On June 19, in a 3-2 vote, the State Senate Judiciary Committee voted down AB 2226! Senator Noreen Evans (Chair) and Senators Leno and Corbett voted not to send the bill on to the Natural Resources Committee, while Senators Blakeslee and Harman voted to do so.

Assemblymember Hueso, the bill’s author, testified that AB 2226 was, “fairness legislation.” (See list of his big business supporters below).

Now, we’ll need to watch for reconsideration requests and for amending other bills, etc.

Thanks to all who participated in seeing that this special interest bill was opposed and defeated!

See details and other posts in regard to AB 2226 below…

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Controversial AB 2226 will be heard on June 19 by the Senate Judiciary Committee. The Las Virgenes Homeowners Federation is opposed to this special interest bill (see our letter and link above) which in effect is a scheme for developers to maximize development by shielding the true identity of property ownership from State agencies like the California Coastal Commission, so the true environmental impacts cannot be considered.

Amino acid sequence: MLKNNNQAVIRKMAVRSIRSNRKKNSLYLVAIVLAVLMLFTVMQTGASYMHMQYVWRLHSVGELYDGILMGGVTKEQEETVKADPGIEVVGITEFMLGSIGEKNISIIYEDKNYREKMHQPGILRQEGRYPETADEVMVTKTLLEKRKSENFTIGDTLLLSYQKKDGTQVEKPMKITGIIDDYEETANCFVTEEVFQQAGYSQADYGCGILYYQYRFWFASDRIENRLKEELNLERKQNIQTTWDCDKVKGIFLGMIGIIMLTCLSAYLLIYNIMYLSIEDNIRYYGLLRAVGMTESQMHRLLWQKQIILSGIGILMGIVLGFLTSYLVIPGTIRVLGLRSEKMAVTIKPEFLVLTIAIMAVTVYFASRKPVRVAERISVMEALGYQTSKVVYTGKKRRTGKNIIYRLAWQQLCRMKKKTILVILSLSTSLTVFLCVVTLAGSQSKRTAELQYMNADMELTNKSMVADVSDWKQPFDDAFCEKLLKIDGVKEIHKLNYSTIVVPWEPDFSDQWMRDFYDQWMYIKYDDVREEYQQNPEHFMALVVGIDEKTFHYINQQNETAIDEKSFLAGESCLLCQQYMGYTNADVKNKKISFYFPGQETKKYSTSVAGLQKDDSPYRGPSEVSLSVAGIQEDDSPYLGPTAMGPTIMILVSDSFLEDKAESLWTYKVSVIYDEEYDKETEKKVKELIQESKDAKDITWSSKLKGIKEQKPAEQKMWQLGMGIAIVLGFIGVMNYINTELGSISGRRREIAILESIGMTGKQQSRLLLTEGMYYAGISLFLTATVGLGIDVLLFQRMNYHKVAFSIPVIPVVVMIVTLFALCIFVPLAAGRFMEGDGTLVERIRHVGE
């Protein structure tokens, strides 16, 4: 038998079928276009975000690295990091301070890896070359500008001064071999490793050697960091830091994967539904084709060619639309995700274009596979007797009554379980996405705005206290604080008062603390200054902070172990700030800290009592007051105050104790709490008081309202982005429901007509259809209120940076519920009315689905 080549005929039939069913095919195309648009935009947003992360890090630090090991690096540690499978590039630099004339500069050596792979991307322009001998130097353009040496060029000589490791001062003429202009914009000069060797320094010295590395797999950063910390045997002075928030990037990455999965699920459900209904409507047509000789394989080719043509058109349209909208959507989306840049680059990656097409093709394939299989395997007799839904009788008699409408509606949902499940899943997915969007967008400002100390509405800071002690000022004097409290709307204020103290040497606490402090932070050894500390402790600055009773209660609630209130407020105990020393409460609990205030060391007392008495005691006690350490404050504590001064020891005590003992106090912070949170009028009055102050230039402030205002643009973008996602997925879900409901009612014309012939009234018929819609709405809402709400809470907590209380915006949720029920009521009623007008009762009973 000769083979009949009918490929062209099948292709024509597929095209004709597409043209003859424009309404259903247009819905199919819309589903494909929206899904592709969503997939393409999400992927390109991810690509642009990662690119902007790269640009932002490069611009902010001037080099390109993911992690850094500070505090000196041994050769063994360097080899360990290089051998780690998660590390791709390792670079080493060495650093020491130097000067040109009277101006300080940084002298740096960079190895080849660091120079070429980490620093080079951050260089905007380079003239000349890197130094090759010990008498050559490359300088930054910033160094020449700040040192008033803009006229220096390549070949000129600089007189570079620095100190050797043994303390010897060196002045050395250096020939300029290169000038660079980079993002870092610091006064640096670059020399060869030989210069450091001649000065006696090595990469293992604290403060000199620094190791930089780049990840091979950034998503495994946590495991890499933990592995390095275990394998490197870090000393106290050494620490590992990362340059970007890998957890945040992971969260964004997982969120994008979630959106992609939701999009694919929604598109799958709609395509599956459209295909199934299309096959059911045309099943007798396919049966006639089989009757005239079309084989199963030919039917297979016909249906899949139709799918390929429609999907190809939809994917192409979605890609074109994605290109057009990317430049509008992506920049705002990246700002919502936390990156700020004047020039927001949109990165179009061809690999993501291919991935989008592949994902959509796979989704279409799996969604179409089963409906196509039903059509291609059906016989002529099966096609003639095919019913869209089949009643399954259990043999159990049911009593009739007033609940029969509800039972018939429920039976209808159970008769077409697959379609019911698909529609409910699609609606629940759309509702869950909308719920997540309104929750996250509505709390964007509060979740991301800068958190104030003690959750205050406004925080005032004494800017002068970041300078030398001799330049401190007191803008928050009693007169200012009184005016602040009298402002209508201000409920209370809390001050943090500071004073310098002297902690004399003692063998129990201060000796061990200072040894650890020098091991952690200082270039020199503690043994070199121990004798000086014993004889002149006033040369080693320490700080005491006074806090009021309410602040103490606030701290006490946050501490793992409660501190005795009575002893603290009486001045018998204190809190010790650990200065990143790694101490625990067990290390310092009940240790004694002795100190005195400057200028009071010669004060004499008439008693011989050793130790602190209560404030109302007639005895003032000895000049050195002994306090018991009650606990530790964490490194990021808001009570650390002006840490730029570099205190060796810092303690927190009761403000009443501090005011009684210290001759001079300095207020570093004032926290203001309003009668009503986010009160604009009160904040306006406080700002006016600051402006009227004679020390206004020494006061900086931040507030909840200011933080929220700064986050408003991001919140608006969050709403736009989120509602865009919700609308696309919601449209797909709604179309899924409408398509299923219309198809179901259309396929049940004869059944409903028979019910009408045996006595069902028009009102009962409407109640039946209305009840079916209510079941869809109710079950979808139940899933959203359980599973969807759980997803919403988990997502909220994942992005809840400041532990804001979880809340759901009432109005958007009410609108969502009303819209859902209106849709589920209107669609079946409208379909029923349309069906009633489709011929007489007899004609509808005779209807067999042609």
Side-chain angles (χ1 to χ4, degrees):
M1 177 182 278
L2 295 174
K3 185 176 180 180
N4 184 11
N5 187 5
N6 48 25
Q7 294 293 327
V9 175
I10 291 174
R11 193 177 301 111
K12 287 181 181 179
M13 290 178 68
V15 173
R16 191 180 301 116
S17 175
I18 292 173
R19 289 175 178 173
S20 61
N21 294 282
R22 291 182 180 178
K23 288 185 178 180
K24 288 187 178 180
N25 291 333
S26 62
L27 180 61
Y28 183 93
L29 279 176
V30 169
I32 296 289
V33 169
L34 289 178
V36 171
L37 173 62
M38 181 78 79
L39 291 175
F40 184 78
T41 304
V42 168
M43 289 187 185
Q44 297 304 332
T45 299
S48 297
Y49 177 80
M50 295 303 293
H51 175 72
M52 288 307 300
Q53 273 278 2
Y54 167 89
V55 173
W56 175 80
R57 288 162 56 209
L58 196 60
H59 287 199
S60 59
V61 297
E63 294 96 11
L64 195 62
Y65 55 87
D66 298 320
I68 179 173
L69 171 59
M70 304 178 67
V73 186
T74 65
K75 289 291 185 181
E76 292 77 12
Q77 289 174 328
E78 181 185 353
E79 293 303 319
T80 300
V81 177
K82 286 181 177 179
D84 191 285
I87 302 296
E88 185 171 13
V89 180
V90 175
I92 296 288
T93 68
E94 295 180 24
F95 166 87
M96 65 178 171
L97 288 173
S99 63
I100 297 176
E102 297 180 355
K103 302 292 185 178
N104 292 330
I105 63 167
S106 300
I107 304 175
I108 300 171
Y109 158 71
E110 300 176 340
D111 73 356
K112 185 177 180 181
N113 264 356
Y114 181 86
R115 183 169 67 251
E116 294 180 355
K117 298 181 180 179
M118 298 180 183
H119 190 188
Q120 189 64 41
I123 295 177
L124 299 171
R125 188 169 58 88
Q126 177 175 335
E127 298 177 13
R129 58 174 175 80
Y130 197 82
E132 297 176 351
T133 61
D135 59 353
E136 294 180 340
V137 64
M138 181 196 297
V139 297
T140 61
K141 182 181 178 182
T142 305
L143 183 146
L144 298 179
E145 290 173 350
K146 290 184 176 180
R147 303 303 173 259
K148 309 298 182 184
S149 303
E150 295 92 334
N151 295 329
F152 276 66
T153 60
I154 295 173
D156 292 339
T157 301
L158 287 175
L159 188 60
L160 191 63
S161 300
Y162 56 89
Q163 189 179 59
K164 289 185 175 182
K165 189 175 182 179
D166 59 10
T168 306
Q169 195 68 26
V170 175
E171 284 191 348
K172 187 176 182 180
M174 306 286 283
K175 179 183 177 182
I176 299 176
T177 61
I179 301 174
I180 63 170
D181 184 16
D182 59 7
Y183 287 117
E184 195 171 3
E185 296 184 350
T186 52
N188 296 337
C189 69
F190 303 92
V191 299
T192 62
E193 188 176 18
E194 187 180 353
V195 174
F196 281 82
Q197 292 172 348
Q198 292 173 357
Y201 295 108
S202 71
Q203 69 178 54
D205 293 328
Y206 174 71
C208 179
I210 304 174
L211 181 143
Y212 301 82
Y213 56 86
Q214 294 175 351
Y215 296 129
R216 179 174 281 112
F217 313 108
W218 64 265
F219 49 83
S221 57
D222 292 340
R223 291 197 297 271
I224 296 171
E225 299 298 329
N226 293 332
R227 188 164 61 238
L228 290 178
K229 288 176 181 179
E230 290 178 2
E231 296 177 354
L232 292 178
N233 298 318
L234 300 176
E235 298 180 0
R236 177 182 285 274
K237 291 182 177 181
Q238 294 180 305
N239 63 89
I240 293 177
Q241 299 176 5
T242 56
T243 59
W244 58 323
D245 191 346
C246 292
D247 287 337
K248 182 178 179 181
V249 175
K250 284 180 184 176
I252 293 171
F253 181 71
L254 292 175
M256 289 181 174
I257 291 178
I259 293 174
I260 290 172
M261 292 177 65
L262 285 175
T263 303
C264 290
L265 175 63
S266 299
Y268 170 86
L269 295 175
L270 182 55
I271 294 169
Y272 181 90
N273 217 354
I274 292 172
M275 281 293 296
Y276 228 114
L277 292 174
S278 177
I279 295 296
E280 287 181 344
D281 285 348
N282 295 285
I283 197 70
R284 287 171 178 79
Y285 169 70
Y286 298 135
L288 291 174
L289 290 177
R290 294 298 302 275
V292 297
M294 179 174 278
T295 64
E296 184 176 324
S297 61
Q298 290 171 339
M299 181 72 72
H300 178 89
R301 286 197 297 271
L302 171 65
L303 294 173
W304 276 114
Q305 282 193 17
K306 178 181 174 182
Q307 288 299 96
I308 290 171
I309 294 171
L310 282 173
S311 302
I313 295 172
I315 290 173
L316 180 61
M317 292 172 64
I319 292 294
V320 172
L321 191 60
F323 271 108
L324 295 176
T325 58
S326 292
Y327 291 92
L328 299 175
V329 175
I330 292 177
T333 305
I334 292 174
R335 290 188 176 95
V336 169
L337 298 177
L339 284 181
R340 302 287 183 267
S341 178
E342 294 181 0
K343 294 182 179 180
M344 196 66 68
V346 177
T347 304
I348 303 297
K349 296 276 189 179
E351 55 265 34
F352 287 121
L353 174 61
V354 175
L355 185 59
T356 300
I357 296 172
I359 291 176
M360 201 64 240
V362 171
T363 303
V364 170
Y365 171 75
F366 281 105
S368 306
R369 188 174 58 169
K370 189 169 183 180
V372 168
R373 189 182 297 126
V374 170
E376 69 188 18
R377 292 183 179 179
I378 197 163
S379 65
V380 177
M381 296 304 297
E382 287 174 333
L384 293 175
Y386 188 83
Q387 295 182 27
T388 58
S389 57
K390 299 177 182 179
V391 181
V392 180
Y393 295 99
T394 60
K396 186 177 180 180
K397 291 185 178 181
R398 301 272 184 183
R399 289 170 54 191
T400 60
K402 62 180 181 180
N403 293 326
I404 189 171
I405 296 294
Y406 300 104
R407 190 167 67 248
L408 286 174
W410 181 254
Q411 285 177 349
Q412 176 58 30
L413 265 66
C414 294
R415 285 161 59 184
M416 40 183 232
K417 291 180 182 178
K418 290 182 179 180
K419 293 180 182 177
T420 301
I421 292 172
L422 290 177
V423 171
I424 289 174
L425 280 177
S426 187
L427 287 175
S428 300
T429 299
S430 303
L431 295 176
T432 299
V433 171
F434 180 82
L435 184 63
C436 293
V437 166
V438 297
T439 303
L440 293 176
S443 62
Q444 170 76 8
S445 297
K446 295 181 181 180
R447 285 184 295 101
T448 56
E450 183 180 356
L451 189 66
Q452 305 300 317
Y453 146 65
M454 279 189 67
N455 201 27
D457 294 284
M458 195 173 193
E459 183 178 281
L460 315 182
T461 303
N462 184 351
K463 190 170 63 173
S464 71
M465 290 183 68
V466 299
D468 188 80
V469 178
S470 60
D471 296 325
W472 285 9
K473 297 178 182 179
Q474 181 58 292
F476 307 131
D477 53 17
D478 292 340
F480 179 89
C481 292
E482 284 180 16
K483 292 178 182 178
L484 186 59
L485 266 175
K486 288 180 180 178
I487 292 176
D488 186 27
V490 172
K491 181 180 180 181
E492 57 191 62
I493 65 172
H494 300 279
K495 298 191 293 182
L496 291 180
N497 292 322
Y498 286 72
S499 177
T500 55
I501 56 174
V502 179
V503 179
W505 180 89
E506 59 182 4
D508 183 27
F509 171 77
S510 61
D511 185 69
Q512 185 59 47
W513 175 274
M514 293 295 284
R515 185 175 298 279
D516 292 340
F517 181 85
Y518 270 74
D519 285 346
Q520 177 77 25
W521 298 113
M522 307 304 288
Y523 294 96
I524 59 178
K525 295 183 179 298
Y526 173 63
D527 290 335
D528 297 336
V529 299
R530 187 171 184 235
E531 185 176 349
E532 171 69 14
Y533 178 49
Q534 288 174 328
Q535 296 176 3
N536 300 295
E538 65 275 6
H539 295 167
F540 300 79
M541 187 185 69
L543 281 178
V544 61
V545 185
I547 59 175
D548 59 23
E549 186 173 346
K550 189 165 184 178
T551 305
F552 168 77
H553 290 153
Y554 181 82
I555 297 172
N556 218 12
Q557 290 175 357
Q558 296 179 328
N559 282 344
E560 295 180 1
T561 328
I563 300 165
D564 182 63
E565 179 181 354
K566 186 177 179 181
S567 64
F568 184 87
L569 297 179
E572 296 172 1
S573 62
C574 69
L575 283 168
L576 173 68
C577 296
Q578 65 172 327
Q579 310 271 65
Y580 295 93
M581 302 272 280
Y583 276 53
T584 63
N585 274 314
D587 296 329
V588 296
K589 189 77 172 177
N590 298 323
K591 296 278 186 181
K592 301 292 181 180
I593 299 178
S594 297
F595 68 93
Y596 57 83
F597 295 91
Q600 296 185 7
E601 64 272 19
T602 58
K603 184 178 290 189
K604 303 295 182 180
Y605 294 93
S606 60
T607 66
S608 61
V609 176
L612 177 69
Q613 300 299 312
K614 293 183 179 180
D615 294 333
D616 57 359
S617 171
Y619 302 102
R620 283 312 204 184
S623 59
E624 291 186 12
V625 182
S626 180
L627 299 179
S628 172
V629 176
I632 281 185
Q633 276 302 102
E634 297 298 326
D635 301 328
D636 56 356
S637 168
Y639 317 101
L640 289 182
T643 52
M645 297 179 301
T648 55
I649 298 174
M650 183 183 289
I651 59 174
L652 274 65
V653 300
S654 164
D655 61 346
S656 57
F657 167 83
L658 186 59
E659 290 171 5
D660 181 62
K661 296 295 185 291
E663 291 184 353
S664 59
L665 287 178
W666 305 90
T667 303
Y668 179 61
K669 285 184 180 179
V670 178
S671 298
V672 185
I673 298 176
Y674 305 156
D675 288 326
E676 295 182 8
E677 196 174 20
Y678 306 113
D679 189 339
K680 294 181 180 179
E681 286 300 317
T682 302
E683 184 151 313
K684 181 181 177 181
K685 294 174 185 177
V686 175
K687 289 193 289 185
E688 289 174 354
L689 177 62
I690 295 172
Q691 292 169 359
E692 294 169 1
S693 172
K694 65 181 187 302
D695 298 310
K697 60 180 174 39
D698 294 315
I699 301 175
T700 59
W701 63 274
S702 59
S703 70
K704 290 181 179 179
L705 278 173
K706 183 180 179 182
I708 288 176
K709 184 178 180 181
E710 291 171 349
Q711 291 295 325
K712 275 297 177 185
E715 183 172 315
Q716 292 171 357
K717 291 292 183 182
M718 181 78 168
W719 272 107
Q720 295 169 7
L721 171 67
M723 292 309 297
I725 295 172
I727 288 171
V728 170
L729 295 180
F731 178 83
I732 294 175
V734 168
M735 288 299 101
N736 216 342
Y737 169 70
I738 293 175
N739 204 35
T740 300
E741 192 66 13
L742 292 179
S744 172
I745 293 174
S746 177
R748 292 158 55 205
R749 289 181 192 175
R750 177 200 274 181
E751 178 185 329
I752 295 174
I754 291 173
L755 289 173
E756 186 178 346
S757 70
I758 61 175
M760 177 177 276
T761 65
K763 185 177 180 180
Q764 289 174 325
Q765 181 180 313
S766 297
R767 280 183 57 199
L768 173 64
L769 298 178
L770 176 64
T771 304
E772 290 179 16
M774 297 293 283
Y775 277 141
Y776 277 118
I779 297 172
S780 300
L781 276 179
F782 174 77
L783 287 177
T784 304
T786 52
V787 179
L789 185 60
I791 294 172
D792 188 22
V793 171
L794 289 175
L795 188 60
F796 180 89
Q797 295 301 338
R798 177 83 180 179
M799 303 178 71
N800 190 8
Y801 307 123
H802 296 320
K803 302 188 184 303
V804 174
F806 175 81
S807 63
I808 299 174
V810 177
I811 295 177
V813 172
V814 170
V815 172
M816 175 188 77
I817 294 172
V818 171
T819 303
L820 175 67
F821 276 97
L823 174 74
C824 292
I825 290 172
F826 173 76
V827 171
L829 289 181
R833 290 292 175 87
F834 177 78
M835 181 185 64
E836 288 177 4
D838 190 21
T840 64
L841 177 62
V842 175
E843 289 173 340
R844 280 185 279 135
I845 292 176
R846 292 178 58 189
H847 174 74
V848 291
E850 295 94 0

Despite all of the creative language used by the bill’s author(s) to confuse and disguise the actual intent of AB 2226, the Senate Judiciary staff had no problem in nailing it:  …”by effectively decreasing transparency of property ownership, could facilitate the use of corporations by applicants to maximize development potential.That potential abuse of the presumption could arguably undermine the process by which state agencies and local governments make decisions regarding land use.”

Here is a list of supporters of the proposed special interest legislation and a list of those who join the Federation in OPPOSING AB 2226:

Support:  American Council of Engineering Companies; California
Apartment Association; Building Owners and Managers Association
of California; California Building Industry Association;
California Chamber of Commerce; California Farm Bureau
Federation; California Land Title Association; California
Manufacturers & Technology Association; International Council of
Shopping Centers; NAIOP of California, the Commercial Real
Estate Development Association